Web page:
Designated Officers


Boards of Health are responsible for post-exposure follow-up with Emergency Service Workers (ESW). 
Access is available 24/7.

Telephone:  705-474-1400 or 1-800-563-2808, ext. 5229
After Hours: Press '0' for Answering Service 


A Designated Officers Manual for Infection Prevention - Reducing the Risk for Front-Line staff

Ambulance Service Communicable Disease Standards Training Bulletin - November 2014

Ambulance Service Communicable Disease Standards - August 1, 2015


Designated Officer Newsletter 2019

The role of the Designated Officer is essential to protecting the health and safety of all Emergency Service Workers. Each year the North Bay Parry Sound District Health Unit provides a newsletter to update Designated Officers on important infection prevention information. The purpose of this year’s newsletter is to provide education to Designated Officers about current diseases of significance, risk assessments, proper use of personal protective equipment (PPE) and immunization for Hepatitis B and Measles. 

Current Diseases of Significance

The following list of communicable diseases is not a comprehensive list of all current diseases of significance.

1)     Measles

  • A highly contagious viral illness spread from person-to-person through droplets from an infected person’s nose or throat (coughing or sneezing).
  • The virus can remain in the air of closed spaces for up to two hours after an infected person leaves the room.
  • Initial symptoms include fever, runny nose, cough, drowsiness, red eyes and Koplik spots (small blue-white spots on the inside of the mouth and throat).
  • Three to seven days after initial symptoms start, a red blotchy rash appears
  • Thirty percent of infected persons will develop some kind of complication.
  • Measles is vaccine preventable.
  • As of June 13, 2019, 12 cases of measles in Ontario have been confirmed this year.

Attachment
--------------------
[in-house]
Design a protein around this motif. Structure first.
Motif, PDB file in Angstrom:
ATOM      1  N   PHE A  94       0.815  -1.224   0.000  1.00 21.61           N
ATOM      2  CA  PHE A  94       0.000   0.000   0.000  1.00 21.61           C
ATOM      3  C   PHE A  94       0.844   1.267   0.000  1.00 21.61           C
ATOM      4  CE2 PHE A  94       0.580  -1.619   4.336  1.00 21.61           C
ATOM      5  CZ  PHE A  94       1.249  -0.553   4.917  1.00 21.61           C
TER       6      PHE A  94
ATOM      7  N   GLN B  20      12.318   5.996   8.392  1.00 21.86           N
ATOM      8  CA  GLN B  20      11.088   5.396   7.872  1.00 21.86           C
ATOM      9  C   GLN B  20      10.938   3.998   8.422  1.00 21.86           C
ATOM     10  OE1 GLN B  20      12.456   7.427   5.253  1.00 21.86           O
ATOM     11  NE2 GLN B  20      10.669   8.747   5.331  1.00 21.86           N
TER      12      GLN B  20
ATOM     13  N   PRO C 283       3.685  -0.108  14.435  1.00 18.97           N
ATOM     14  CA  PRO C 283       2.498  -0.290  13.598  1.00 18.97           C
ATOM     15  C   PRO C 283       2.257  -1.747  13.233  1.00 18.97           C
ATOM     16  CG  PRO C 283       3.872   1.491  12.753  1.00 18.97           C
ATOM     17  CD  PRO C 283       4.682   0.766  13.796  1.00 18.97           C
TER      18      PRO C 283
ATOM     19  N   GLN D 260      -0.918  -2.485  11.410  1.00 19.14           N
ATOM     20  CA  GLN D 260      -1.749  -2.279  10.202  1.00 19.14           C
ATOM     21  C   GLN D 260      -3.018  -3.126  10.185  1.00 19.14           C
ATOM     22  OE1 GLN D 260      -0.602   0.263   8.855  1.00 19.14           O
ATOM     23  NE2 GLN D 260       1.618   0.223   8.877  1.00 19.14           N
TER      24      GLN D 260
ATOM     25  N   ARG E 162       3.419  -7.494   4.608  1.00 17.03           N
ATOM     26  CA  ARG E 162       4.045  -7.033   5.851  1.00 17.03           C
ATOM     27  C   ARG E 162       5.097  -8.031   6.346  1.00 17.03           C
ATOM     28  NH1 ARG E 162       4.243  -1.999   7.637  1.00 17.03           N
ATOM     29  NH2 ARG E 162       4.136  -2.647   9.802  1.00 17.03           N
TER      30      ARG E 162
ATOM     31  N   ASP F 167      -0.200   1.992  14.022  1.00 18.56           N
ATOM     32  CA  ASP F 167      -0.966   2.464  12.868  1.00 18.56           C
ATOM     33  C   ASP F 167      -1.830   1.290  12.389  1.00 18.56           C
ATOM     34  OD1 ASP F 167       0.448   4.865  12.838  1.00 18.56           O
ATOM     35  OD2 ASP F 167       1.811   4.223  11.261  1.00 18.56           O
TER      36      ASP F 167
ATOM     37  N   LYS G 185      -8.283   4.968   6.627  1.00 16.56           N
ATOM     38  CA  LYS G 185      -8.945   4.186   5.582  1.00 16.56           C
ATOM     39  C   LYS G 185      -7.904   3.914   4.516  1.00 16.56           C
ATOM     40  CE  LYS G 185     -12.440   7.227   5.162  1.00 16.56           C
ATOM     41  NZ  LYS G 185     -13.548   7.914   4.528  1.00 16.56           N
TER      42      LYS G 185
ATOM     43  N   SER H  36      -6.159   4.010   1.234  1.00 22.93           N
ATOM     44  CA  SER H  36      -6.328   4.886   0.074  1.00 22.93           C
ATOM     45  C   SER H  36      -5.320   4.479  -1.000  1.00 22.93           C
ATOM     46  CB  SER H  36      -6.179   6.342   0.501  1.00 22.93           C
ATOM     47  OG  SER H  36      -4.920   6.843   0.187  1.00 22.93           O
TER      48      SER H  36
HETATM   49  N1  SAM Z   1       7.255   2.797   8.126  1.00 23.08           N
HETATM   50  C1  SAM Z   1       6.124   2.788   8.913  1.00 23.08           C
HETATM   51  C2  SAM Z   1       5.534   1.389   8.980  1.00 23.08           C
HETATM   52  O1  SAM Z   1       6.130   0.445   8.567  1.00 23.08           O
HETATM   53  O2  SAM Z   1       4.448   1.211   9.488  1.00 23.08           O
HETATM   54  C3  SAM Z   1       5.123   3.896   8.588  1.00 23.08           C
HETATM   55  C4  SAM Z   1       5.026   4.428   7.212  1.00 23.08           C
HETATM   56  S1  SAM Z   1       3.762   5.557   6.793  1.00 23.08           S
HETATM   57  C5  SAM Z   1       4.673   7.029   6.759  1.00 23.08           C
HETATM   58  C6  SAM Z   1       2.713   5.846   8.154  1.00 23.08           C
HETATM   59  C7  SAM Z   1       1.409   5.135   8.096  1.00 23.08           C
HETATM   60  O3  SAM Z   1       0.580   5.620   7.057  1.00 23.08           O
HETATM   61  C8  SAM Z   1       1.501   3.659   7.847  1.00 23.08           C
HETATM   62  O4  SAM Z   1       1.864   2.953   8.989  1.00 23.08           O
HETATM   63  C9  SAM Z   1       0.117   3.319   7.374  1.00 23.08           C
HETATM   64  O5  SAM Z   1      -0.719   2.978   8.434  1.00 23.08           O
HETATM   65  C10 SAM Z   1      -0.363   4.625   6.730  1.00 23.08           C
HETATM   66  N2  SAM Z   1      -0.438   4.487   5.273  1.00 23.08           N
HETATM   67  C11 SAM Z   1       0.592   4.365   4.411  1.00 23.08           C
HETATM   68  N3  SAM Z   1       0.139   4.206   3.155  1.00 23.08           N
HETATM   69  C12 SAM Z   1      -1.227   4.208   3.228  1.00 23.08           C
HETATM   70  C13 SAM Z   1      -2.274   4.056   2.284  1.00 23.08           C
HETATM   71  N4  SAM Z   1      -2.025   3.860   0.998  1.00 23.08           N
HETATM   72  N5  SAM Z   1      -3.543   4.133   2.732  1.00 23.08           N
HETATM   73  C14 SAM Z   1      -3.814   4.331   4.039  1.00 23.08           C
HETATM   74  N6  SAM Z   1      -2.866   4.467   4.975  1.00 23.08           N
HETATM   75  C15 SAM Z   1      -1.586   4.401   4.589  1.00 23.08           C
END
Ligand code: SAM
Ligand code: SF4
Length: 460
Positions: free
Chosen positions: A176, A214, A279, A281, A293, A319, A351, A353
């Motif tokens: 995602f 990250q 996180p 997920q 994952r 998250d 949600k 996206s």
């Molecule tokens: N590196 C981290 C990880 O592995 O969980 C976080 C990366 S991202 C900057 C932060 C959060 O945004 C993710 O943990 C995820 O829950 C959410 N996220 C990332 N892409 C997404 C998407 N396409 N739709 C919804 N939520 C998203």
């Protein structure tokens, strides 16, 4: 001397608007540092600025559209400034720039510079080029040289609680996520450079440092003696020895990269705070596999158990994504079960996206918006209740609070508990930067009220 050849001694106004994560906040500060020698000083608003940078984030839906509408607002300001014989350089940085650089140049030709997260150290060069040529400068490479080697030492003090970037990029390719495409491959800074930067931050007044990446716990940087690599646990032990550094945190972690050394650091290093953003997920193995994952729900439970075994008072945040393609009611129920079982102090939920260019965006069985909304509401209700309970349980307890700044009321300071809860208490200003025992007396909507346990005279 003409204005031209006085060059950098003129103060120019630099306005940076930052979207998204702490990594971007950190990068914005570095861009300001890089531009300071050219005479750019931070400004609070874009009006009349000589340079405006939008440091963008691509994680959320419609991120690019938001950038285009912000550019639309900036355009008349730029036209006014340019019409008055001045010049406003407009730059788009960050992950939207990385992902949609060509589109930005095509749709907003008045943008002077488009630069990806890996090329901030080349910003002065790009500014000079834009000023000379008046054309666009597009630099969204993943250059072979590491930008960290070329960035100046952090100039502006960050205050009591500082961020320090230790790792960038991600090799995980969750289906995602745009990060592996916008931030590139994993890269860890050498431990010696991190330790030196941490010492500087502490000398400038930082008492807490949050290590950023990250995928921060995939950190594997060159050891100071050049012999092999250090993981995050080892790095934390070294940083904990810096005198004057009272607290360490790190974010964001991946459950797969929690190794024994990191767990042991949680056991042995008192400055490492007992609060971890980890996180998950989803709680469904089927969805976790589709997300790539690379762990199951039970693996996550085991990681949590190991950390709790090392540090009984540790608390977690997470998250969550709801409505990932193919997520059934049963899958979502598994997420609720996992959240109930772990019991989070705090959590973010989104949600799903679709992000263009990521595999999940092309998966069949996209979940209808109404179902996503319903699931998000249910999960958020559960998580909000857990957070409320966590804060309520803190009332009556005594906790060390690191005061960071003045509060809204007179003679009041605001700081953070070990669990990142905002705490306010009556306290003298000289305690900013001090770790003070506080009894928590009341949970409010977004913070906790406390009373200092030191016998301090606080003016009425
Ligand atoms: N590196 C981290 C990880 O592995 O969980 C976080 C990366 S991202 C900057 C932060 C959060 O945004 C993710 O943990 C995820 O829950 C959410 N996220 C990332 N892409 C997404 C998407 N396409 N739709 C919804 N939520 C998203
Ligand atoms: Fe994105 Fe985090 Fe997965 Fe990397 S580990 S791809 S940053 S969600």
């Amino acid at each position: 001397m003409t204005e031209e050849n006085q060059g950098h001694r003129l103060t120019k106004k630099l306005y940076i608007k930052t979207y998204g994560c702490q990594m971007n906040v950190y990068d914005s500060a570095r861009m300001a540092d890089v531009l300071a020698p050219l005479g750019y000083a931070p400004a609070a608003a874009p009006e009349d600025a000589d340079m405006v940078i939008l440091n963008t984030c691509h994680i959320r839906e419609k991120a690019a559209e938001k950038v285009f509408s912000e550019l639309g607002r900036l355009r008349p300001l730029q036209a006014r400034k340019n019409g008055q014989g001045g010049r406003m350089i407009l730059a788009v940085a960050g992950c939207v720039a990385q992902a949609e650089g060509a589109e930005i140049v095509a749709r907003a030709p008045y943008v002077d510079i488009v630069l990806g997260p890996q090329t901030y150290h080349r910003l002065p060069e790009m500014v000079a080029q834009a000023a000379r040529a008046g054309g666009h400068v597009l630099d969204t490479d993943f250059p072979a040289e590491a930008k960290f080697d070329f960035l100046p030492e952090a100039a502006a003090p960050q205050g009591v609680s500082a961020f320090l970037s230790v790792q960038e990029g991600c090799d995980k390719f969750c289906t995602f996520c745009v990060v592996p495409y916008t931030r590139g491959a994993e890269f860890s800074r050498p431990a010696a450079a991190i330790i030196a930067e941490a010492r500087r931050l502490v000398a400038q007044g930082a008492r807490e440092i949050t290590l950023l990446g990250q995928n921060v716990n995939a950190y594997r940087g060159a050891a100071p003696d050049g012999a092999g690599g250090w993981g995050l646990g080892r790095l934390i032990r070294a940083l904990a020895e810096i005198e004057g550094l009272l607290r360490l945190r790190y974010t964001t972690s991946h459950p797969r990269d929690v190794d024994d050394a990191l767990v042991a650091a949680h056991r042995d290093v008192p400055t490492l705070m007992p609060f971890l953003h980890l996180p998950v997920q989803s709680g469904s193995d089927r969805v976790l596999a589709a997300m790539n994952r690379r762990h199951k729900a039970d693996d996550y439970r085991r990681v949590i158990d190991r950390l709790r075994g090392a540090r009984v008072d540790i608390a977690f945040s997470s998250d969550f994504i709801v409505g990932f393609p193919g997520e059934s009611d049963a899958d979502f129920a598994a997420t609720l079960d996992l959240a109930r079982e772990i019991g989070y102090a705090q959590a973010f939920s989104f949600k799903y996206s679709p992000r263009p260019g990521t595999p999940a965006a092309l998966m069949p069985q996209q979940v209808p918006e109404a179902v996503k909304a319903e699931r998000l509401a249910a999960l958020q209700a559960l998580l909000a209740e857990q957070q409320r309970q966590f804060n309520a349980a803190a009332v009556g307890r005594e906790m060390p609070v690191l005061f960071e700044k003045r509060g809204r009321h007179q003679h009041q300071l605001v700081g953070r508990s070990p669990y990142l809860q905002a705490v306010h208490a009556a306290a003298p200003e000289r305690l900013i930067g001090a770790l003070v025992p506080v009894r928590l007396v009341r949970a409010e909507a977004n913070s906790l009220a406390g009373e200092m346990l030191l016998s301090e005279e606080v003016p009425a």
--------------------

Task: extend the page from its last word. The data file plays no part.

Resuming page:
• No cases of measles have been confirmed in the North Bay Parry Sound District in 2019.

 2)    Hepatitis B (HBV)

  • HBV is spread through contact with infected blood or bodily fluids.
  • Most infected persons do not have any symptoms. Those who so may present with jaundice, fatigue, loss of appetite, joint pain, abdominal pain and/or nausea and vomiting.
  • HBV can be either acute or chronic. Acute HBV is a short-term illness that occurs within the first six months after exposure to the virus. Chronic HBV is a long-term illness that occurs when the HBV remains in the person’s body after six months.
  • The risk of developing an infection after percutaneous exposure is six to 30 percent if unvaccinated.
  • HBV is vaccine preventable.

 3)    Hepatitis C (HCV)

  • HCV is spread through blood-blood contact.
  • Most infected persons do not have symptoms for many years. For those with symptoms, they present very similarly to symptoms of HBV.
  • The risk of exposure after percutaneous exposure is 1.8 percent.
  • There is no vaccine available for HCV.
  • 89 cases of HCV were confirmed in the North Bay Parry Sound District in 2018
  • Common risk factors for both HCV and HBV include:
    • Coming into contact with infected blood.
    • Injection drug use and sharing needles.
    • Tattooing, piercing or acupuncture with unsterile equipment.
    • Sexual contact with an infected person.

Risk Assessments

Risk assessments are performed to determine what intervention(s) is the most appropriate to prevent the spread of infectious agents in a particular situation. Step-by-step instructions for how to conduct an effective risk assessment can be found below.

  1. Assess the anticipated interaction with client and/or environment. Ask yourself the following questions.
  • What task am I performing?
  • What is the risk of exposure to blood, bodily fluids (including respiratory secretions), non-intact skin, mucous membranes, body tissues and/or contaminated equipment?
  • Do I have access to personal protective equipment?
  • Will the client be cooperative?